Blue Pencil

Blue Pencil is a “slog”: a slow blog. It does not get updated daily or even on a regular schedule. Instead, it gets updated when there is something of value to be posted. Postings often take a long time to prepare and appear at intervals of a few weeks or even months. Sometimes there is a flurry of postings within the span of a few days. Blue Pencil may be unpredictable in its frequency, but not in its purpose. Blue Pencil is fiercely dedicated to the 3Rs: research, reading and writing.

The Definitive Dwiggins no. 95—Childhood Drawings: Locomotives, Fire Engines, Tractors, and Skeletons

A small number of childhood drawings by W.A. Dwiggins have survived. [1] They were made either using druggist’s prescription sheets or pages from a ledger which his father, Dr. Moses F. Dwiggins, owned. The ledger pages are lined and some are tabbed (with letters such as CD). All have the names of patients written on the upper lines and one also says “Cash Act. 181” at the top. Below the patient entries, in dark pencil, are various phrases such as …
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The Definitive Dwiggins no. 94—W.A. Dwiggins’ Birth and Childhood (1880–1889)

Map of The City of Richmond, Indiana 1884 (Boston: C.H. Bailey & Co., 1884).
Moses and Eva Dwiggins were from differing religious faiths and, even after their marriage, continued to worship separately. Moses was a Quaker in good standing at the time of his death, which was recorded in the archives of the Whitewater Monthly Meeting. [1]  Typically, the entry makes no mention of his non-Quaker wife and child. Their respective families—including Rev. Siegfried—seemed to have accepted their interfaith marriage. Eva’s father, contrary …
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The Definitive Dwiggins no. 91—W.A. Dwiggins’ Ancestry, Part V: Aunts and Uncles on the Siegfried Side

Rev. B.Y. Siegfried and his wife Sarah had eleven children, which was not an uncommon number in the 19th century. With the exception of Eva and Sarah Ella, they all died before their parents. The children were, in order of their birth: Addison, Emma, Laura, Samuel, Louisa, Sarah Ella, Eva, Benjamin, Edward, Carrie and an unnamed infant. [1]
“Family Record” (n.d.) of Benjamin Y. Siegfried, his wife and their children. Courtesy Special Collections, Boston Public Library.
Page of obituaries from scrapbook compiled …
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The Definitive Dwiggins no. 84—W.A. Dwiggins’ Ancestry, Part IV: Aunts and Uncles on the Dwiggins Side

W.A. Dwiggins had two uncles and one aunt on his father’s side: Charles, James, and Elizabeth (known as Lizzie).
Charles B. Dwiggins
Charles B. Dwiggins was born April 3, 1850. [1] He married Mary Shepherd on February 13, 1873. [2] They had three children: Clarence Victor (b. 1874), Claudia (b. 1877), and Vern (b. 1879). [3] Charles was as active locally as his father Zimri. He was a member of the Clinton County Grange, Patrons of Husbandry, Wilmington Lodge no. 52 of the Masons …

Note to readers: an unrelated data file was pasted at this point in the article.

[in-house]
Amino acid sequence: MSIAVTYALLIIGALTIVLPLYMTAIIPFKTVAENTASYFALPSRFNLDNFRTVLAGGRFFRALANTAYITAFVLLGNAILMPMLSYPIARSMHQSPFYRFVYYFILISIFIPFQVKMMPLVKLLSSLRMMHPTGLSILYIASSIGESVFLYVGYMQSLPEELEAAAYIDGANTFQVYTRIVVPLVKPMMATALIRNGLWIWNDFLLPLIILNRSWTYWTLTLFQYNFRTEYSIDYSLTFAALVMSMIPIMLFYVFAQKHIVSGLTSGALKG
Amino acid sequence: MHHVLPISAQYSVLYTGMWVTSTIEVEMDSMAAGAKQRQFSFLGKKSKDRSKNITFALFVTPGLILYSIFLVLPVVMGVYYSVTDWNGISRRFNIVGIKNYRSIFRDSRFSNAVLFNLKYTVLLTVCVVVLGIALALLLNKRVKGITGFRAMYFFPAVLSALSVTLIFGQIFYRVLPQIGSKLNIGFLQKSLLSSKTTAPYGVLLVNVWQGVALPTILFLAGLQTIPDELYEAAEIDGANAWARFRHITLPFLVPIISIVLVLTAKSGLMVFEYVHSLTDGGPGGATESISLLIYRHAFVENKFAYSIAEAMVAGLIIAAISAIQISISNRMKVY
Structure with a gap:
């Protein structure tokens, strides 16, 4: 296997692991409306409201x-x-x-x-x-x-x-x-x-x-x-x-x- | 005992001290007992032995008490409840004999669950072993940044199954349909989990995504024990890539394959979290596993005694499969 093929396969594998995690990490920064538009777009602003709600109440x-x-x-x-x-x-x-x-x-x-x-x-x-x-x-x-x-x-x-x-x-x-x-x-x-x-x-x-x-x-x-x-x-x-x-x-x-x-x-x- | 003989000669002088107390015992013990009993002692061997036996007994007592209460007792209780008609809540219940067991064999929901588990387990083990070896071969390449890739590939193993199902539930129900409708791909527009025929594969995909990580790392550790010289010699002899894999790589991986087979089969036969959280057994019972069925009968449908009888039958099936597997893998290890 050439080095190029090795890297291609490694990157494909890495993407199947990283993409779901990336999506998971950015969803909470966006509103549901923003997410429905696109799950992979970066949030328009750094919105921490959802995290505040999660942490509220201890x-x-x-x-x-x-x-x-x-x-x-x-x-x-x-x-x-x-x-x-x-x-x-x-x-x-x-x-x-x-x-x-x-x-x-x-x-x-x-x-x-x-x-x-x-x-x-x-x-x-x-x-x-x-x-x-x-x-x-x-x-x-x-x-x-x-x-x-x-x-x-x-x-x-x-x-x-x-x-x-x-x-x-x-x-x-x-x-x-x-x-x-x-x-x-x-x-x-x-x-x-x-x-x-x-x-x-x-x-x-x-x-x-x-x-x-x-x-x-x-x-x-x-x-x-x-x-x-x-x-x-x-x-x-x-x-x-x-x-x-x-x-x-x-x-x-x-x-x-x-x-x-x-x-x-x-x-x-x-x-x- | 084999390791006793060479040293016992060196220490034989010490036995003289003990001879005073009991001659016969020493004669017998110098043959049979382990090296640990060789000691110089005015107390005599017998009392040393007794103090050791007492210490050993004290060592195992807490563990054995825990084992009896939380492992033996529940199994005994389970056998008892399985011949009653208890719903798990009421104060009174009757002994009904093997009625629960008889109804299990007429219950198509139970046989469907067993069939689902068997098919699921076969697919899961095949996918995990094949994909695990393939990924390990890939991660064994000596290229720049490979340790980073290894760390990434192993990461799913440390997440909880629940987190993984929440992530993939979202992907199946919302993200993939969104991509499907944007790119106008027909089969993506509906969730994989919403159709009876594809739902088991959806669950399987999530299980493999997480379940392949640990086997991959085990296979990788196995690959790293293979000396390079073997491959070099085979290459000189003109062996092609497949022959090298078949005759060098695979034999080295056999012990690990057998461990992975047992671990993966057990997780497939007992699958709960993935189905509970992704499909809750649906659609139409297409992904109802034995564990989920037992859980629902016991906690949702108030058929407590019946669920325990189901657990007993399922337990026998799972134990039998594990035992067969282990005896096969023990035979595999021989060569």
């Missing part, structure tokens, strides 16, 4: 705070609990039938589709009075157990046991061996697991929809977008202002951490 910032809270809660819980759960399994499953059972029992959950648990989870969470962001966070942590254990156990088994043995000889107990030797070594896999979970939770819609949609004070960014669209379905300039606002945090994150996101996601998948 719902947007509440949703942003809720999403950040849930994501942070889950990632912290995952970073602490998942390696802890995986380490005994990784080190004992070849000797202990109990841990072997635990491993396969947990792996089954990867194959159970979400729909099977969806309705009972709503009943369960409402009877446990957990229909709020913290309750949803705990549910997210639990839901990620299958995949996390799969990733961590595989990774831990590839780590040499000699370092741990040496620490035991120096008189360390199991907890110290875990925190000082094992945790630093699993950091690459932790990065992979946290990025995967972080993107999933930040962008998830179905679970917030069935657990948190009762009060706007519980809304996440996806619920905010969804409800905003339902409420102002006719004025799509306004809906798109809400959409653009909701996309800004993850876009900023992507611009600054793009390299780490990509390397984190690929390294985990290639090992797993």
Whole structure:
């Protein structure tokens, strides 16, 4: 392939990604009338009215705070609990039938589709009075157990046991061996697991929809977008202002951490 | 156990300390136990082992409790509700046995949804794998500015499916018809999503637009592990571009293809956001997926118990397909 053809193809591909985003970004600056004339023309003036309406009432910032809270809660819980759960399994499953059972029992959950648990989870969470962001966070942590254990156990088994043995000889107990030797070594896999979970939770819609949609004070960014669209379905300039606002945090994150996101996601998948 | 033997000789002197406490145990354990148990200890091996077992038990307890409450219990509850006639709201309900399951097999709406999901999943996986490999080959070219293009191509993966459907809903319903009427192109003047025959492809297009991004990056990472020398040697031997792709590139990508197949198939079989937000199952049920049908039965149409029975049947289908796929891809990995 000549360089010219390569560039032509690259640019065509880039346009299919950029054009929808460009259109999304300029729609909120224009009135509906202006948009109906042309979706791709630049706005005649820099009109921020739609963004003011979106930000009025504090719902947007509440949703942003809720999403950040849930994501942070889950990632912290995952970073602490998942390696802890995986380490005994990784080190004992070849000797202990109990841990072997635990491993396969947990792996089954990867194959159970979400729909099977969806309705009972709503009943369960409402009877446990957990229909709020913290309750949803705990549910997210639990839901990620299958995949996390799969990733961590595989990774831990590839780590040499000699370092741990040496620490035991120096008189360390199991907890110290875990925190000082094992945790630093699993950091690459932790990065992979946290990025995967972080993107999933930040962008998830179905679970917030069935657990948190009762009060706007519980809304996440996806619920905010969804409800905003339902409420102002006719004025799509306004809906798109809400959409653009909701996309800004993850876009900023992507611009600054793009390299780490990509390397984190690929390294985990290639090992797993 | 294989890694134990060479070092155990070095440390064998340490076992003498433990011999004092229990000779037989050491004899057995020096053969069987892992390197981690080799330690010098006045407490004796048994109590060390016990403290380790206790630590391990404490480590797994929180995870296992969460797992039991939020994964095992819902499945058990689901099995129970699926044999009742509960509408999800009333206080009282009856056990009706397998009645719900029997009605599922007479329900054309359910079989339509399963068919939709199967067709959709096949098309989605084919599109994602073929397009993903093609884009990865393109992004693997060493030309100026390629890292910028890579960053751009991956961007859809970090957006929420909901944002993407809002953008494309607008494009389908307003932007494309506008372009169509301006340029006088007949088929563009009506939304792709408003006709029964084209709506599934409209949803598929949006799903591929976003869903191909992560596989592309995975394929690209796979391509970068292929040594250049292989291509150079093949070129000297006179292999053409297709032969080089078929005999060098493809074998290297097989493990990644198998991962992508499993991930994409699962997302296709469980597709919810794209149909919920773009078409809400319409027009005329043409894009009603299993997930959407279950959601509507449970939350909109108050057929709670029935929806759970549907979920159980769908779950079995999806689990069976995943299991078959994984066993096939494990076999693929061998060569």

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The Definitive Dwiggins no. 103—An Undated Photograph of Eva Siegfried

Miss Mary Fisher and students (c.1867–1868). Photographer unknown. Courtesy Special Collections, Boston Public Library.
This photograph (which I have cropped from its frame) of a group of young women is in the 2001 W.A. Dwiggins Collection at the Boston Public Library. [1] Someone—most likely Eva S. Dwiggins, WAD’s mother—has written below it: “Della Vandam, Della Strickle (two visitors), Fannie Diboll, Katie Hibben, Miss Mary Fisher—teacher—Eva Siegfried, Nettie Harlen, Lucy Harlen, Emma Taylor, Katie Marble, Ella Siegfried, Eva Eldridge, & Ollie Welch.” …
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The Definitive Dwiggins no. 111—Chronology 1880–1890

For over twenty years I have been building a detailed chronology of the life and work of W.A. Dwiggins. It includes not only information about his ancestry, immediate family, life and career, but also about his contemporaries in the design world. This post is the second installment of a distilled version of it.
1880
January 7 1880 Carl Purington Rollins born in West Newbury, Massachusetts.

January 26 1880 Thomas Wood Stevens born in Daysville, Illinois.
May 24 1880 John W. Reed born in Chicago.
June 1 1880 …
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The Definitive Dwiggins no. 110—Chronology 1781–1879

For over twenty years I have been building a detailed chronology of the life and work of W.A. Dwiggins. It includes not only information about his ancestry, immediate family, life and career, but also about his contemporaries in the design world. This post is the first installment of a distilled version of it.
1781
July 3 1781 Robert Dwiggins born in Guilford County, North Carolina; paternal great-grandfather of WAD.

1785 
July 19 1785 Sarah Dillon born in Guilford County, North Carolina; paternal great-grandmother of WAD.

1789
March 16 …
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From the Bookcase no. 2 addendum—Samuel Bartels

This is an addendum to From the Bookcase no. 2—Spacing in Typography which focused on two books about typography by E.R. Currier and Samuel A. Bartels.
Tailor’s Announcement Contest winners (1916). Samuel Bartels is on the bottom line, second from right.